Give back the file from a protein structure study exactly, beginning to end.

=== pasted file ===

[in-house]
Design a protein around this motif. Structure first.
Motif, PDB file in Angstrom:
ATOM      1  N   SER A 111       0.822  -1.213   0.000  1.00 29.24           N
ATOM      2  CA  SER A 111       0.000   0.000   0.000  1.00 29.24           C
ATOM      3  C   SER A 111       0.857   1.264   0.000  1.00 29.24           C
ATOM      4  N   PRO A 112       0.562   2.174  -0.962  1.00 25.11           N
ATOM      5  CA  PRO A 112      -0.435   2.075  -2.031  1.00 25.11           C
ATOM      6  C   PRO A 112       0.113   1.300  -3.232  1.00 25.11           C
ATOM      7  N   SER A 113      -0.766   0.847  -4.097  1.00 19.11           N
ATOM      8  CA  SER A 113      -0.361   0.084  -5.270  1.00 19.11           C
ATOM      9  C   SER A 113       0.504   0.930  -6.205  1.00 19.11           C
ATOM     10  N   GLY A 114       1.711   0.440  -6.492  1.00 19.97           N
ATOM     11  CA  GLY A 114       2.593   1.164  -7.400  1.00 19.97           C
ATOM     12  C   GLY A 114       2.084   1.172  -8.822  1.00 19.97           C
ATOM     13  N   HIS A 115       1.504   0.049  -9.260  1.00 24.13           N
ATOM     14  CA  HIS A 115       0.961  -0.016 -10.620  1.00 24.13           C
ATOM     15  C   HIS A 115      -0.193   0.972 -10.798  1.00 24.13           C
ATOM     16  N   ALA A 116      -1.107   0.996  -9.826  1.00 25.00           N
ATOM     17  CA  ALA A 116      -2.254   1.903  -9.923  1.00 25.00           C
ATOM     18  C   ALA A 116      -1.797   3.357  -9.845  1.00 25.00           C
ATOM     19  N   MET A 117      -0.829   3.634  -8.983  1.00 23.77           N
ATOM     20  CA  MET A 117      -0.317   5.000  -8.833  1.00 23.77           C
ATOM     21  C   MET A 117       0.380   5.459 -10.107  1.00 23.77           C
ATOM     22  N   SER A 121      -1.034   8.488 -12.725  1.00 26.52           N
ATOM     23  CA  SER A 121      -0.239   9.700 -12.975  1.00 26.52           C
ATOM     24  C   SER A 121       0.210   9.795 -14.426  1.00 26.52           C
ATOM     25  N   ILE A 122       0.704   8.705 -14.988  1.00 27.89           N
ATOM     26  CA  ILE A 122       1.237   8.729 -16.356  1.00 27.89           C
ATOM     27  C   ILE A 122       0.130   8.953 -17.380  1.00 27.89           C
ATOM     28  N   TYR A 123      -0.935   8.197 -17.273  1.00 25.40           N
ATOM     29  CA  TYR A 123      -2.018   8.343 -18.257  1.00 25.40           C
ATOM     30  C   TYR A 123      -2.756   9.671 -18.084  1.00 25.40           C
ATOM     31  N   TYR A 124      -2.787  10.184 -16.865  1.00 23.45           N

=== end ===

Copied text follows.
[in-house]
Design a protein around this motif. Structure first.
Motif, PDB file in Angstrom:
ATOM      1  N   SER A 111       0.822  -1.213   0.000  1.00 29.24           N
ATOM      2  CA  SER A 111       0.000   0.000   0.000  1.00 29.24           C
ATOM      3  C   SER A 111       0.857   1.264   0.000  1.00 29.24           C
ATOM      4  N   PRO A 112       0.562   2.174  -0.962  1.00 25.11           N
ATOM      5  CA  PRO A 112      -0.435   2.075  -2.031  1.00 25.11           C
ATOM      6  C   PRO A 112       0.113   1.300  -3.232  1.00 25.11           C
ATOM      7  N   SER A 113      -0.766   0.847  -4.097  1.00 19.11           N
ATOM      8  CA  SER A 113      -0.361   0.084  -5.270  1.00 19.11           C
ATOM      9  C   SER A 113       0.504   0.930  -6.205  1.00 19.11           C
ATOM     10  N   GLY A 114       1.711   0.440  -6.492  1.00 19.97           N
ATOM     11  CA  GLY A 114       2.593   1.164  -7.400  1.00 19.97           C
ATOM     12  C   GLY A 114       2.084   1.172  -8.822  1.00 19.97           C
ATOM     13  N   HIS A 115       1.504   0.049  -9.260  1.00 24.13           N
ATOM     14  CA  HIS A 115       0.961  -0.016 -10.620  1.00 24.13           C
ATOM     15  C   HIS A 115      -0.193   0.972 -10.798  1.00 24.13           C
ATOM     16  N   ALA A 116      -1.107   0.996  -9.826  1.00 25.00           N
ATOM     17  CA  ALA A 116      -2.254   1.903  -9.923  1.00 25.00           C
ATOM     18  C   ALA A 116      -1.797   3.357  -9.845  1.00 25.00           C
ATOM     19  N   MET A 117      -0.829   3.634  -8.983  1.00 23.77           N
ATOM     20  CA  MET A 117      -0.317   5.000  -8.833  1.00 23.77           C
ATOM     21  C   MET A 117       0.380   5.459 -10.107  1.00 23.77           C
ATOM     22  N   SER A 121      -1.034   8.488 -12.725  1.00 26.52           N
ATOM     23  CA  SER A 121      -0.239   9.700 -12.975  1.00 26.52           C
ATOM     24  C   SER A 121       0.210   9.795 -14.426  1.00 26.52           C
ATOM     25  N   ILE A 122       0.704   8.705 -14.988  1.00 27.89           N
ATOM     26  CA  ILE A 122       1.237   8.729 -16.356  1.00 27.89           C
ATOM     27  C   ILE A 122       0.130   8.953 -17.380  1.00 27.89           C
ATOM     28  N   TYR A 123      -0.935   8.197 -17.273  1.00 25.40           N
ATOM     29  CA  TYR A 123      -2.018   8.343 -18.257  1.00 25.40           C
ATOM     30  C   TYR A 123      -2.756   9.671 -18.084  1.00 25.40           C
ATOM     31  N   TYR A 124      -2.787  10.184 -16.865  1.00 23.45           N